Tuesday, March 20, 2012

Tuesday Timeline: The Book of Numbers

The Children of Israel camped around Mount Sinai for over a year while God endeavored to change them from an extended family looking backward toward Egypt and the people who held them in bondage into a nation looking forward toward the Promised Land where the holy God Jehovah would grant them freedom. Funny thing about freedom: it doesn't mean freedom to do whatever the individual desires. It means order, decency, and following righteous standards. Only by obeying the directions established by God would they be truly free. Otherwise, they would become enslaved by the same wickedness and diseases endured by the nations that God was removing from Canaan while installing the Israelites in their place.

The book opens with a census. That's how this particular book of the Pentateuch received its name. There are several sub-census passages as well that dealt with assignments for the different Levitical family branches. There was much work to be done and God organized and delegated responsibility over each detail. God is not the author of confusion but of order (I Corinthians 14:33,40)! These were the reason for the year's stay at Sinai. They needed to be educated in God's school of order and decency.

While still at Sinai the Israelites celebrated their first Passover in the wilderness. Then after receiving further instructions they departed from Mount Sinai and began the last leg of their journey.

Things went downhill from there. God tested them several times to see if they would obey Him. They did not. Almost everyone failed one test or another: the people, Miriam and Aaron, 10 of the 12 spies, Korah and his family (of the Levitical tribe), and even Moses himself.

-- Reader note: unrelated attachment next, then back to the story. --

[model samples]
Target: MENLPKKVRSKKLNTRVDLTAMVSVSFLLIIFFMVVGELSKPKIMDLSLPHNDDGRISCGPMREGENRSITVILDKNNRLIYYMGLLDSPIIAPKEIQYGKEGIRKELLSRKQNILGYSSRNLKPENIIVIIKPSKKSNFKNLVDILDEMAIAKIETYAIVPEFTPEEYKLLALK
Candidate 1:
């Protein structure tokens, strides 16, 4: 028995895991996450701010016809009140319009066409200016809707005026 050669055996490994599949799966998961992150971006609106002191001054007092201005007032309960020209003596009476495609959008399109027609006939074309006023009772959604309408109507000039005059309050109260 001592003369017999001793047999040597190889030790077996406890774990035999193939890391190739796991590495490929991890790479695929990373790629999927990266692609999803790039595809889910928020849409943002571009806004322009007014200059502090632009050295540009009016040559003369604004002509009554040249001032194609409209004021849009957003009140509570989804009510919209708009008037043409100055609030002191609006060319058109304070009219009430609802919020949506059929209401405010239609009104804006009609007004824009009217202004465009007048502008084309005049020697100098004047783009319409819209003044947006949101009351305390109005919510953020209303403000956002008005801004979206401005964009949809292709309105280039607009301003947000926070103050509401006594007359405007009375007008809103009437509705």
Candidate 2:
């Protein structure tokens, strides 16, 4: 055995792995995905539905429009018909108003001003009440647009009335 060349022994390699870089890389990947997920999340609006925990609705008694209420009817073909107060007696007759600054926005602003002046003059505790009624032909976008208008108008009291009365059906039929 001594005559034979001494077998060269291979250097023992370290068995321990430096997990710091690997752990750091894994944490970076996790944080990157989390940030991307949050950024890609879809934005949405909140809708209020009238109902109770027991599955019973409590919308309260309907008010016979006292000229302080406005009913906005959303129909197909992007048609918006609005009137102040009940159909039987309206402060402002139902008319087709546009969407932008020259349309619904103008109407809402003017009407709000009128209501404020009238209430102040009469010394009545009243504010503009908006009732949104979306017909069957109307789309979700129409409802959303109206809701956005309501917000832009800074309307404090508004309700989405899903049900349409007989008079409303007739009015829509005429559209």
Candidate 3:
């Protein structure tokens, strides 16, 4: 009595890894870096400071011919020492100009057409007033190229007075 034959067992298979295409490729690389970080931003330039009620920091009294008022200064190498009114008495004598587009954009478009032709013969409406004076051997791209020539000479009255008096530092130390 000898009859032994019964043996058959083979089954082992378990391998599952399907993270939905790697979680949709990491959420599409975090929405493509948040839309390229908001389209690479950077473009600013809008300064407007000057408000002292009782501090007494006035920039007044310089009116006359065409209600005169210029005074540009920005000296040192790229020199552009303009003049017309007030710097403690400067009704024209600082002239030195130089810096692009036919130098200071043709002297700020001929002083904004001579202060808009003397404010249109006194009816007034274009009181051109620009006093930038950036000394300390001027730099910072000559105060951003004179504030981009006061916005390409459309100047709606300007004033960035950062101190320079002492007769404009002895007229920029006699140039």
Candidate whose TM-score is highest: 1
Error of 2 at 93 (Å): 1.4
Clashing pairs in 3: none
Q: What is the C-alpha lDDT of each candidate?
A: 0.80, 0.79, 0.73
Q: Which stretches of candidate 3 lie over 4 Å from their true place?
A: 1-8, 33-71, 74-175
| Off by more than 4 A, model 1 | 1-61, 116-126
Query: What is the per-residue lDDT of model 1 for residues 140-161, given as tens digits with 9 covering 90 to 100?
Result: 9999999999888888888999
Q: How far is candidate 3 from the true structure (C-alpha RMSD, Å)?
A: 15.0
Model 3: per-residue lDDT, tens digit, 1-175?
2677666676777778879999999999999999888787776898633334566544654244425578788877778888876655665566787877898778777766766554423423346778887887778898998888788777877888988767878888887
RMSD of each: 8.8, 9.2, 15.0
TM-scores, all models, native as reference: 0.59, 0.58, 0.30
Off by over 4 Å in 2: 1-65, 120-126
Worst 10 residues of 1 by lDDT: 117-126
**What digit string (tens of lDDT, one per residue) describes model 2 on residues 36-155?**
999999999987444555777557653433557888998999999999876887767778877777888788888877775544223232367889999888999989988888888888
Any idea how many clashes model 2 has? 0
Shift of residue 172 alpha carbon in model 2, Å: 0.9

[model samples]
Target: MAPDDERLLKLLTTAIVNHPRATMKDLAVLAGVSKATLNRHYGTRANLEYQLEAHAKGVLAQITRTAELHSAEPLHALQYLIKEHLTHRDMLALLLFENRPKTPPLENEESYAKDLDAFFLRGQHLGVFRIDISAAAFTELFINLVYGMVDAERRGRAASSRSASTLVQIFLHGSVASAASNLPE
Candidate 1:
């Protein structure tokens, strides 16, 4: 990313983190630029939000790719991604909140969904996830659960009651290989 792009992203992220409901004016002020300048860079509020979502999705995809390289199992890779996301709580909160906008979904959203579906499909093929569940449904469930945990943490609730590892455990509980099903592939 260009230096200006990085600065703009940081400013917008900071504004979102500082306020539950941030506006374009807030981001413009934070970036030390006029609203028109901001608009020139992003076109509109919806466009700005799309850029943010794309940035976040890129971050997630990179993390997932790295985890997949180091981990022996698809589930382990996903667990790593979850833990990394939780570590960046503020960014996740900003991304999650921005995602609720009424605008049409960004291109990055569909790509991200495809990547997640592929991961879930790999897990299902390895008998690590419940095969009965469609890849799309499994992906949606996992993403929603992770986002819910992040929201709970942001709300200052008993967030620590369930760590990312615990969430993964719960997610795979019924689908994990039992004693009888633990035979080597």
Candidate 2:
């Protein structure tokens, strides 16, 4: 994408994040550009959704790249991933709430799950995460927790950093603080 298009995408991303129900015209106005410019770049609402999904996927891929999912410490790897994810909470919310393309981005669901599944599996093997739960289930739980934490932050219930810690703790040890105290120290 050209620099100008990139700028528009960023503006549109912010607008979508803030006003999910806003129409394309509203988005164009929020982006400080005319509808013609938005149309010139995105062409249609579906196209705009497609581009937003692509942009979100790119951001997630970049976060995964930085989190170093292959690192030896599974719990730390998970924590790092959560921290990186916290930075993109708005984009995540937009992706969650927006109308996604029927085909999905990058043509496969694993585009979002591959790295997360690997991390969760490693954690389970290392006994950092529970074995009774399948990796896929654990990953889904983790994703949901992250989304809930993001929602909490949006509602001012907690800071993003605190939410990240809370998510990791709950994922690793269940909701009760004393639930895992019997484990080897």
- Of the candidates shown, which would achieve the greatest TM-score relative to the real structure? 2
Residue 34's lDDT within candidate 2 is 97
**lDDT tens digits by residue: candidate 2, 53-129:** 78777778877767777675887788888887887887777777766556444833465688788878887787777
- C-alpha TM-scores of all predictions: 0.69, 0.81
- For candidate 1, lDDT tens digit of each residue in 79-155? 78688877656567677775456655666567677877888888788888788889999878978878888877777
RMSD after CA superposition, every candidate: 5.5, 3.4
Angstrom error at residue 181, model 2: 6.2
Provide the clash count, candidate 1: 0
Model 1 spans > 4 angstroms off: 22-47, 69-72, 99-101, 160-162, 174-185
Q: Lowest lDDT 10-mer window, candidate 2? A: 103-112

These failures lead to various punishments, all of which proved that the wages of sin is death (Romans 6:23a). Everyone who willfully disobeyed died. This lead to a second census in the book, the one taken of the children that had reached adulthood during the years of wilderness wanderings. Even Mose was forced by his own sin to make preparations for transferring leadership to Joshua, one of only two spies that passed his test when sent to reconnoiter the land and its inhabitants, as Moses would not be allowed to cross the Jordan River into the Promised Land.

Therefore, the events at the beginning of Numbers happened at Mount Sinai one year after the Exodus from Egypt. The events at the end of the book happen about 39 years later as the younger generation prepared to inherit the land that God promised their progenitor, Abraham, almost 400 years earlier.

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Let the words of my mouth, and the meditation of my heart, be acceptable in thy sight, O LORD, my strength, and my redeemer.
Psalms 19:14 (KJV)